Immigration and Inclusion: Rethinking National Identity
27 Mar - 01 Apr, 2007
- Senior Vice President and Chief Program Officer, the Salzburg Seminar, Austria
- Henry R. Luce Professor of Democracy, Human Rights & Journalism at Bard College, NY; Author of Murder in Amsterdam: The Death of Theo Van Gogh and the Limits of Tolerance
Rodolfo de la Garza
- Professor of Political Science, School of International and Public Affairs, Columbia University, New York, N.Y
- Jean Monnet Chair in European Integration,
Bogaziçi University, Istanbul
- Senior European Policy Fellow, Migration Policy Institute, Washington DC
- Coordinator, Initiative on Conflict Prevention through Quiet Diplomacy, Human Rights Internet, Ottawa; former Director, Office of the OSCE High Commissioner on National Minorities
- Research Fellow, European Studies Centre and Middle East Centre,
St. Antony's College, Oxford University, Oxford
- Interim Director, European Union Agency for Fundamental Rights, Vienna
Additional Session Support:
- Editorial Director, Video and Television, The New York Times.
Never before in human history have such large numbers of people left their homes to go and live in a different country or continent as do so today. A small proportion of these human flows is driven by persecution or violence. Far larger numbers migrate in response to economic and demographic disparities between different parts of the world - especially (though by no means exclusively) between the industrialized global North and the underdeveloped or developing South. Wages, living standards and economic opportunities in the former far outstrip those in the latter, while birth rates have diverged in the opposite direction. There are thus very strong "pull" and "push" incentives for people to better themselves by migration.
Abundant research shows the benefits that migrants can bring to their new homelands - not only as laborers but as consumers, entrepreneurs and contributors to a more diverse and dynamic culture. But these benefits are not evenly distributed and often not appreciated by the pre-existing population, parts of which tend to see immigrants as a threat to their material interests, their security and their traditional way of life. In Europe especially, national and local governments were slow to grasp the need to develop strategies for integrating the new arrivals and their children into the host society, notably when the new are demarcated from the old by religion or skin color. Second- and third-generation migrants have grown up in ghettoes, often facing high rates of unemployment, relative poverty and crime, and regarded by their "indigenous" neighbors with a mixture of fear and contempt. Faced with a public backlash, governments have sought to limit or even halt further immigration, but have succeeded only in driving it partially underground, where undocumented migrants fall prey to smugglers, traffickers and unscrupulous employers.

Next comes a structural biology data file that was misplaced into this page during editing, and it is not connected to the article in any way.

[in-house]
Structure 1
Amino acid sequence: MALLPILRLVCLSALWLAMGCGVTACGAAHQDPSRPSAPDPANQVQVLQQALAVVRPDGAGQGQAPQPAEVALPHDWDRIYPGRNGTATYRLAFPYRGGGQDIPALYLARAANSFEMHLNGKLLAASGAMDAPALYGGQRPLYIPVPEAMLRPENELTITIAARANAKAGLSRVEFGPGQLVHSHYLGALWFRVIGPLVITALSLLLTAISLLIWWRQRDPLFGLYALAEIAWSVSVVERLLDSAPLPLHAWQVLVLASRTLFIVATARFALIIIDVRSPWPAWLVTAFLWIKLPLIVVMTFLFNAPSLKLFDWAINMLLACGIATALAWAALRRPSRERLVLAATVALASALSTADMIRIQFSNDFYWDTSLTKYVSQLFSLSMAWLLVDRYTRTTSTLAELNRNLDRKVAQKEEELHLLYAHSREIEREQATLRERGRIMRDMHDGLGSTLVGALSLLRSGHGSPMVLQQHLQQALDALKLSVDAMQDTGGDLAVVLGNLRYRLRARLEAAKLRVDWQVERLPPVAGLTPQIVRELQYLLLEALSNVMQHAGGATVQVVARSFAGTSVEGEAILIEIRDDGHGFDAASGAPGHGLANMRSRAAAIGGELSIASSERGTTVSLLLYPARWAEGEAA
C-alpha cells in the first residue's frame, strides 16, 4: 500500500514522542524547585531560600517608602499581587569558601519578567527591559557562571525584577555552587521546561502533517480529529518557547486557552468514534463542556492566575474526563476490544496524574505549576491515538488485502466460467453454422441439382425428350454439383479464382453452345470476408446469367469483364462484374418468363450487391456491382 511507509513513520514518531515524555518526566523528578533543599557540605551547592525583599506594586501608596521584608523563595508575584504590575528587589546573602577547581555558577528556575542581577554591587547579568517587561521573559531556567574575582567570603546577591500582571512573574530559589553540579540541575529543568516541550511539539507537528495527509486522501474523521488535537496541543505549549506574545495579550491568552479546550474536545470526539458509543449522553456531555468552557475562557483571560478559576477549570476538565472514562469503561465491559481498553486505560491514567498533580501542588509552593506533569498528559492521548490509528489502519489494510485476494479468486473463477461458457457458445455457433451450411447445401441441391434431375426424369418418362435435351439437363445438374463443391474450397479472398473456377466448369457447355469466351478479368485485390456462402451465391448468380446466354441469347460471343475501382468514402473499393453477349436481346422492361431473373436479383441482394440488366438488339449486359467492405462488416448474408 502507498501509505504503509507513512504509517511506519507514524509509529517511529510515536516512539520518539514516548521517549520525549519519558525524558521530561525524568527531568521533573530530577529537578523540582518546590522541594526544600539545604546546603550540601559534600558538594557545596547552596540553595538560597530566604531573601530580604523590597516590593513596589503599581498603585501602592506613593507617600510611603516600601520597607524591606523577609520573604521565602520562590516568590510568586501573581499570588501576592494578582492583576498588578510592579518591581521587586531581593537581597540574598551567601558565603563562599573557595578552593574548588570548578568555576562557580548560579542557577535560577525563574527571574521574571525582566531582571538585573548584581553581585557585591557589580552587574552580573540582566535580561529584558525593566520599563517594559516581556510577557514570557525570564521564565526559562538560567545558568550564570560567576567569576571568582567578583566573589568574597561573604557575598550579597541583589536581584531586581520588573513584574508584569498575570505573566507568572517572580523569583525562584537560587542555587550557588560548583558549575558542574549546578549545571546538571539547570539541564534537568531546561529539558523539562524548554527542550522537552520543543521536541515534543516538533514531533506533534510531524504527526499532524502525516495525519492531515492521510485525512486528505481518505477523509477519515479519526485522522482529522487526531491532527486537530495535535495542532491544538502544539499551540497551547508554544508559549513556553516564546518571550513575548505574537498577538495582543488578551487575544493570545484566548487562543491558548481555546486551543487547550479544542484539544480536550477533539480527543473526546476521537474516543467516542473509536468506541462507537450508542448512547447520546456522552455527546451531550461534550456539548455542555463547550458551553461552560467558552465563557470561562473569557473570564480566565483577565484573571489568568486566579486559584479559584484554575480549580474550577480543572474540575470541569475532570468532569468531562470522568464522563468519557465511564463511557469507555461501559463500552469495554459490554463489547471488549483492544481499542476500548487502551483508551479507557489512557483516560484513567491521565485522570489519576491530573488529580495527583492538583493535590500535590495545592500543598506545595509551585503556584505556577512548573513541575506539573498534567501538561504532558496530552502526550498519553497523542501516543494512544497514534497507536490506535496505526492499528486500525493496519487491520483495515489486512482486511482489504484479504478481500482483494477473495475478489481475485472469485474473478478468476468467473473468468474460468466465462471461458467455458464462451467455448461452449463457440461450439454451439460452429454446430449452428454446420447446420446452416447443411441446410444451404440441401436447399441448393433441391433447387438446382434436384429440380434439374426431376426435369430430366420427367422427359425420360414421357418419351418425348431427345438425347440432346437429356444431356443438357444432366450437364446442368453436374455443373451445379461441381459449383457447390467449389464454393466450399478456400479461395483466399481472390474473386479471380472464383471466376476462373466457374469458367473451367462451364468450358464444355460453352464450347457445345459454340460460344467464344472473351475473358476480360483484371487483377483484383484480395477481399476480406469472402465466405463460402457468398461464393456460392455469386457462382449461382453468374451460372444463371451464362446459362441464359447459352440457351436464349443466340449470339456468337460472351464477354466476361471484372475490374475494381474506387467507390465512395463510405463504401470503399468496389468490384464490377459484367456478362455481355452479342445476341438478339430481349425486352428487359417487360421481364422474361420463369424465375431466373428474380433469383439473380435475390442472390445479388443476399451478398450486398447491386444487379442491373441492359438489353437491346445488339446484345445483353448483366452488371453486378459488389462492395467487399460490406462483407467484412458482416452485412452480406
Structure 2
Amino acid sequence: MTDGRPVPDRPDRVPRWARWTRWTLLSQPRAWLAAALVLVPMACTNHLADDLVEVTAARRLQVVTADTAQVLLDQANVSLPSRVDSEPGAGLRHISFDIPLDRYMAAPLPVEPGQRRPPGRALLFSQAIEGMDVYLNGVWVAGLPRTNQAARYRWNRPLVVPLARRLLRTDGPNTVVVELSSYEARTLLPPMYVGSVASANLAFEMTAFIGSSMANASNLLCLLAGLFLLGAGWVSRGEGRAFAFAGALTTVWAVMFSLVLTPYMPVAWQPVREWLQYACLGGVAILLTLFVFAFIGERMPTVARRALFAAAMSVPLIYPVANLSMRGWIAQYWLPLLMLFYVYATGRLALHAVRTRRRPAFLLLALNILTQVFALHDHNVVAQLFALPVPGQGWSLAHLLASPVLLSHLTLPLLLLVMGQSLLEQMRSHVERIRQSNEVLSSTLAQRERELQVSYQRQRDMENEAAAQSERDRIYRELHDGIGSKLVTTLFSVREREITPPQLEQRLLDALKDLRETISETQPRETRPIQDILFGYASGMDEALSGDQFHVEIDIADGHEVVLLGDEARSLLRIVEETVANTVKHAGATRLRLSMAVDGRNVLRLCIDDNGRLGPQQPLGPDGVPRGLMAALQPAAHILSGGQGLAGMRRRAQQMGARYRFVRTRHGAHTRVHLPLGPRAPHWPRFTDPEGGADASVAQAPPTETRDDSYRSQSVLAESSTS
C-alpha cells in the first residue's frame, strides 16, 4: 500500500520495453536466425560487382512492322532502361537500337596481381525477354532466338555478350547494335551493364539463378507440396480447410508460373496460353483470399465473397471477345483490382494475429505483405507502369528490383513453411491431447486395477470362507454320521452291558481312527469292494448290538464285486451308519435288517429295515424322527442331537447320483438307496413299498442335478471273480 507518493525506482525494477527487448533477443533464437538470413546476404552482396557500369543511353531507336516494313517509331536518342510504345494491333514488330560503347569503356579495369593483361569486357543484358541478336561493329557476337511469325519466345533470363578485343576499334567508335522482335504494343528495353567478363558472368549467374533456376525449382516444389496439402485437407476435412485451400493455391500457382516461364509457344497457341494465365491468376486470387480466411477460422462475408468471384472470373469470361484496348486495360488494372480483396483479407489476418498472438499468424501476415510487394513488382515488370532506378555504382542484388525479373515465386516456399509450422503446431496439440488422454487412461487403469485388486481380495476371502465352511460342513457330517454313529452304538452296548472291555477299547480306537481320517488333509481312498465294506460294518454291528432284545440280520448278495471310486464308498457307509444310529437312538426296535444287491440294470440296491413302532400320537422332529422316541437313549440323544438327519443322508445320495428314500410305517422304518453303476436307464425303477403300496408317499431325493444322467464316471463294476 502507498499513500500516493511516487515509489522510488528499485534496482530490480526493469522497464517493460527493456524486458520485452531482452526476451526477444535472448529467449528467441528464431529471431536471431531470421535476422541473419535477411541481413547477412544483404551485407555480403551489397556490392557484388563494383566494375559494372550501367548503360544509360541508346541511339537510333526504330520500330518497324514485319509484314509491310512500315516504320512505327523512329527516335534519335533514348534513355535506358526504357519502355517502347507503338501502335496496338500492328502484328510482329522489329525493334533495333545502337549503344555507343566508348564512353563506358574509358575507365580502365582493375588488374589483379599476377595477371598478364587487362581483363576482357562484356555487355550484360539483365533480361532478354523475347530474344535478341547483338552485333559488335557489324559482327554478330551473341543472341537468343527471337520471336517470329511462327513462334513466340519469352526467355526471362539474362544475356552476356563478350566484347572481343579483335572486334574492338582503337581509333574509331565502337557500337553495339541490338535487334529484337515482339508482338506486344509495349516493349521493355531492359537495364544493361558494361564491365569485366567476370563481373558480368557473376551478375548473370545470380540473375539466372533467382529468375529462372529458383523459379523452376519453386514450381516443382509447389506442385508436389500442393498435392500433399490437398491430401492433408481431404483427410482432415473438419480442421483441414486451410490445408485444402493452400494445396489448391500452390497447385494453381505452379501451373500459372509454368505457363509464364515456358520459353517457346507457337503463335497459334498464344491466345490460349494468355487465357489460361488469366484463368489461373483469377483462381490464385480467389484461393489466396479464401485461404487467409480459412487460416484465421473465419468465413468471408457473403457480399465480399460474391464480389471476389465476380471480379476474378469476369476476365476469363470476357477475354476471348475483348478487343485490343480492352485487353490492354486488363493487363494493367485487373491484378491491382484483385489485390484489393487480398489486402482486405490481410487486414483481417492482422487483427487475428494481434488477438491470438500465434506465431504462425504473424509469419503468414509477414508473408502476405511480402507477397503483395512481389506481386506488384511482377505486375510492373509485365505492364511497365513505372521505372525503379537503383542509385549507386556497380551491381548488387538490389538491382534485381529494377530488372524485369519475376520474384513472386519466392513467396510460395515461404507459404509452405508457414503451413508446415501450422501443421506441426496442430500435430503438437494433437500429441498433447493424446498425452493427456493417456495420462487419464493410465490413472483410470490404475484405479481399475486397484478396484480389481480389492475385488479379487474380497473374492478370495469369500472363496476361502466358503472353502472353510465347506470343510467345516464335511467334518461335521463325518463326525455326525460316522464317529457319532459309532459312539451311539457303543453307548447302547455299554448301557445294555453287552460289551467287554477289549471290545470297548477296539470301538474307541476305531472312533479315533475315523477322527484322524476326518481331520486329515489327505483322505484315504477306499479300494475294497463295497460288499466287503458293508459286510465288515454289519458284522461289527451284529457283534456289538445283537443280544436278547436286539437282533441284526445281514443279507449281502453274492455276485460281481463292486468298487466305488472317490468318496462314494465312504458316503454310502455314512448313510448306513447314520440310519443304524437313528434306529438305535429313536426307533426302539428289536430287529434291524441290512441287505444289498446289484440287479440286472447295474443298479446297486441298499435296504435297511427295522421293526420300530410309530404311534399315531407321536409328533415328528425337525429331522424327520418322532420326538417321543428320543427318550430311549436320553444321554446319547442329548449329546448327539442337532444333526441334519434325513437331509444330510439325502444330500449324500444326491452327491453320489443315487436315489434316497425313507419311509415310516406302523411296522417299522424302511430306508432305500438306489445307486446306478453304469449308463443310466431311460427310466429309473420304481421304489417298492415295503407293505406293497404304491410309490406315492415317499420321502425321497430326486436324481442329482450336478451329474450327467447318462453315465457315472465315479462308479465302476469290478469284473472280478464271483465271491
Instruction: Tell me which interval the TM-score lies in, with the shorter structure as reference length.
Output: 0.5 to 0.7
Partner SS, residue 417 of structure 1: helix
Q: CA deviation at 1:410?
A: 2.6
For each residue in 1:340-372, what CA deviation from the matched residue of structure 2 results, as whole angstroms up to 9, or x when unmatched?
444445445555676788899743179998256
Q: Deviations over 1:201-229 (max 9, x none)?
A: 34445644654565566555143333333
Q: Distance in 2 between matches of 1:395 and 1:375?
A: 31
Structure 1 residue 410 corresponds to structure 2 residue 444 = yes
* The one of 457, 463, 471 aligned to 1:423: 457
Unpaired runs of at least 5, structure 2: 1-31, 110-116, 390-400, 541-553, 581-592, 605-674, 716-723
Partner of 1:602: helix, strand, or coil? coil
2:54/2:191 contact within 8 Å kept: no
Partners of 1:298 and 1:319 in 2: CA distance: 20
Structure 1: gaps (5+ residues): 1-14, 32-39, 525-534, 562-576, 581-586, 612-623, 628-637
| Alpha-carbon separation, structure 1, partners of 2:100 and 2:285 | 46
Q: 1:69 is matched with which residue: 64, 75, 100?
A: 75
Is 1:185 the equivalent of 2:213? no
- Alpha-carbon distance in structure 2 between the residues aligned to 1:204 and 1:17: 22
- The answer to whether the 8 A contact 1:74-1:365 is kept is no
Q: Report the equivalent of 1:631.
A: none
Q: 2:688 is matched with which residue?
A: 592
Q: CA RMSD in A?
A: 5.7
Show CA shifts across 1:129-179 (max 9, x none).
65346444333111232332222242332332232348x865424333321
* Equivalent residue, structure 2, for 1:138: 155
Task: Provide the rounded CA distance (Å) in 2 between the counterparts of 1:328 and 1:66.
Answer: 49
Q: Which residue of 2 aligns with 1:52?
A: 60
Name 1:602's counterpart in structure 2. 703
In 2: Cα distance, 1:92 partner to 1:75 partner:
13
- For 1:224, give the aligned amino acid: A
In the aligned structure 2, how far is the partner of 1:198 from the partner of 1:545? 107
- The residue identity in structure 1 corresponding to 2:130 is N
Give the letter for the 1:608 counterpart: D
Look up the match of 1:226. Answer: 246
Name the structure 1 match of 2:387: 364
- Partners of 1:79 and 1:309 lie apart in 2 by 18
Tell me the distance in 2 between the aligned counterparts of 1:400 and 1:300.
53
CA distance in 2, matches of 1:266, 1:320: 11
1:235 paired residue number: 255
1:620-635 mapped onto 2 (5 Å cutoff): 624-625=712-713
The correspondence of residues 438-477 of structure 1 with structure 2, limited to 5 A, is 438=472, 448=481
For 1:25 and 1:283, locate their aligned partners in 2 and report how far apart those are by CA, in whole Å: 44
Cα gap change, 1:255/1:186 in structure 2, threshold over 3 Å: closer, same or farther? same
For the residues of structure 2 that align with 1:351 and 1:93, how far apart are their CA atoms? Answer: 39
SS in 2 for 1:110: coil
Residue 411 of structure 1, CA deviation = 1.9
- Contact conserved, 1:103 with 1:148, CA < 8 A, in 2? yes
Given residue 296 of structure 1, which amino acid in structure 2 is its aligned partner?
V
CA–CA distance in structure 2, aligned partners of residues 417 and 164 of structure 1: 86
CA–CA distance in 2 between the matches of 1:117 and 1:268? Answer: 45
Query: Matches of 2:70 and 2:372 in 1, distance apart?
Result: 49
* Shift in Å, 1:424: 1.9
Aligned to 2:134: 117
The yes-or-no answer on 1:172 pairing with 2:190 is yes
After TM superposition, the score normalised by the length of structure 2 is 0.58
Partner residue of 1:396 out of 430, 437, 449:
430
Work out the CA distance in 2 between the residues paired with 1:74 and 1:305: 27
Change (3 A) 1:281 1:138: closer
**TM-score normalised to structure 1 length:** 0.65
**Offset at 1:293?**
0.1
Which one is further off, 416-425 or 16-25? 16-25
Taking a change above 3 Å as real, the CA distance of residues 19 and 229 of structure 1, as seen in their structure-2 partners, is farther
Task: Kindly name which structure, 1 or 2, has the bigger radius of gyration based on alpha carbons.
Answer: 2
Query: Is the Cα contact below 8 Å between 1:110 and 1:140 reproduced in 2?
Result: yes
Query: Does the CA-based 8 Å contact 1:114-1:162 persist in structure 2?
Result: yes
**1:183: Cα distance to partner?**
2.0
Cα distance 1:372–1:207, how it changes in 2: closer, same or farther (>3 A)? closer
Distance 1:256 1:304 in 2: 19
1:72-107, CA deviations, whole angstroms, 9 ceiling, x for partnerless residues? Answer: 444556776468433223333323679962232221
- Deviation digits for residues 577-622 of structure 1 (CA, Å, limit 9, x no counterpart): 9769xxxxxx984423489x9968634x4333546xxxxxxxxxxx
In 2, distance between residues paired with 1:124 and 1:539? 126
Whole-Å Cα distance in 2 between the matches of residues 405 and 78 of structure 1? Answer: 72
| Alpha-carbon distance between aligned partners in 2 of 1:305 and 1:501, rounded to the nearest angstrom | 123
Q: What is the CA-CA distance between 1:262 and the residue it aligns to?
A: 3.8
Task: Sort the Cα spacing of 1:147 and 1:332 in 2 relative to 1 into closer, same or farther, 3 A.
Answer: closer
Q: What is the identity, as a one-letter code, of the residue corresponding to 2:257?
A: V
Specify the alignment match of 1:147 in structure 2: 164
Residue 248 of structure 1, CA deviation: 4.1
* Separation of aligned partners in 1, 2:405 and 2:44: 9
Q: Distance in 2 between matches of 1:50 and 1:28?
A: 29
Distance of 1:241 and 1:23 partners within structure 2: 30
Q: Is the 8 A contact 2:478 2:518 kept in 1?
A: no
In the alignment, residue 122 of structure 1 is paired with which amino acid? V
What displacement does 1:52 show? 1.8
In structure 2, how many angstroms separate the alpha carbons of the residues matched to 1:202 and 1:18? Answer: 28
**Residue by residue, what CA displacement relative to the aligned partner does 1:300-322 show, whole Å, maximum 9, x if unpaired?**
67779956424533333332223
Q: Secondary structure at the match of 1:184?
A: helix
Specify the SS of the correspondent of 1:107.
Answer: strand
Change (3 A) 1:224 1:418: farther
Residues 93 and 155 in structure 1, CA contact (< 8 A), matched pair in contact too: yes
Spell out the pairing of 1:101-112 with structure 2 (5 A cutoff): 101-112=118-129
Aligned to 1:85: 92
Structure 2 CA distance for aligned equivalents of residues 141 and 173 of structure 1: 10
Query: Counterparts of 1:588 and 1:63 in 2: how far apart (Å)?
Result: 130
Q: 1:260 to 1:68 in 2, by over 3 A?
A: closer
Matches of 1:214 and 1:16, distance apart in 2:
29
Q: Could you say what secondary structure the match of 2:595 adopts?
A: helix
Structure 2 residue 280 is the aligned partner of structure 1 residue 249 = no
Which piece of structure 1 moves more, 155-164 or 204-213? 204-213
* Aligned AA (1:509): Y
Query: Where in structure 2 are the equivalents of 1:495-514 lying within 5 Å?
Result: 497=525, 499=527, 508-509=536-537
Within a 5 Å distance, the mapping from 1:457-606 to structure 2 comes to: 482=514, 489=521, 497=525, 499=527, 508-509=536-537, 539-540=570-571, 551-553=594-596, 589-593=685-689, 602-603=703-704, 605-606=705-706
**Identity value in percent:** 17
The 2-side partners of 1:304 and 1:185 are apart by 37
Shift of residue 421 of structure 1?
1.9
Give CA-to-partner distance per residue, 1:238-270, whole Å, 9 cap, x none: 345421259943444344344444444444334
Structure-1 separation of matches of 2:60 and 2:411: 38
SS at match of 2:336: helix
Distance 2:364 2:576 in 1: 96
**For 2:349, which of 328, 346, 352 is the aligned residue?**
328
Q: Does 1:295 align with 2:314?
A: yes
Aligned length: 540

This session will study different approaches and strategies for dealing with these problems adopted by countries with significant minority communities of recent immigrant origin, notably in North America and Western Europe. It will focus particularly on efforts to ensure that members of these communities enjoy the full rights and assume the full responsibilities of citizenship and are fully accepted as fellow-citizens by the rest of society. It will examine the cultural barriers and prejudices that impede such efforts, and ask questions about the meaning of national identity and the extent to which values and culture need to be shared by different communities living together within a democratic State. Participants will include representatives from government, business, academia, think-tanks, the media, NGOs and intergovernmental organizations. They will examine a variety of programs, policies and practices for integrating disparate communities, looking especially for examples that show clear signs of success, while taking due account of the widely different political, social and economic contexts in which such policies have been applied. The views and interests of countries of origin, as well as those of migrants themselves, will be fully represented.
The fee for this session is 3,000 EURO. The fee covers the cost of the program, accommodations, and meals. Limited scholarship funding may be available for those who are unable to pay the full fee (i.e. from developing countries or NGOs). Participants seeking scholarship assistance must submit an application for financial aid to our admissions office.
NOTE: This session may be taken for Continuing Education credit. Offered in association with the Center for International Legal Studies (CILS), this conference is recognized by the Law Society of England and Wales, the General Council of the Bar of England and Wales, and the Netherlands Bar for Continuing Professional Development Credit (CPD), the states of New York, California, and Colorado under the approved jurisdictions rule, as well as West Virginia, New Hampshire and South Carolina for Continuing Legal Education Credit (CLE). In addition, due to CILS' recognized sponsorship with the above states, lawyers from the following jurisdictions will qualify for CLE credits: Alabama, Arkansas, Delaware, Florida, Georgia, Idaho, Indiana, Iowa, Kansas, Kentucky, Louisiana, Maine, Minnesota, Mississippi, Missouri, Montana, New Jersey, New Mexico, Nevada, North Carolina, North Dakota, Ohio, Oklahoma, Oregon, Pennsylvania, Rhode Island, South Carolina, Tennessee, Texas, Utah, Vermont, Virginia, Washington State, Wisconsin, and Wyoming and Hong Kong. The additional fees to register for CLE credit are based EUR 20 for each accredited hour.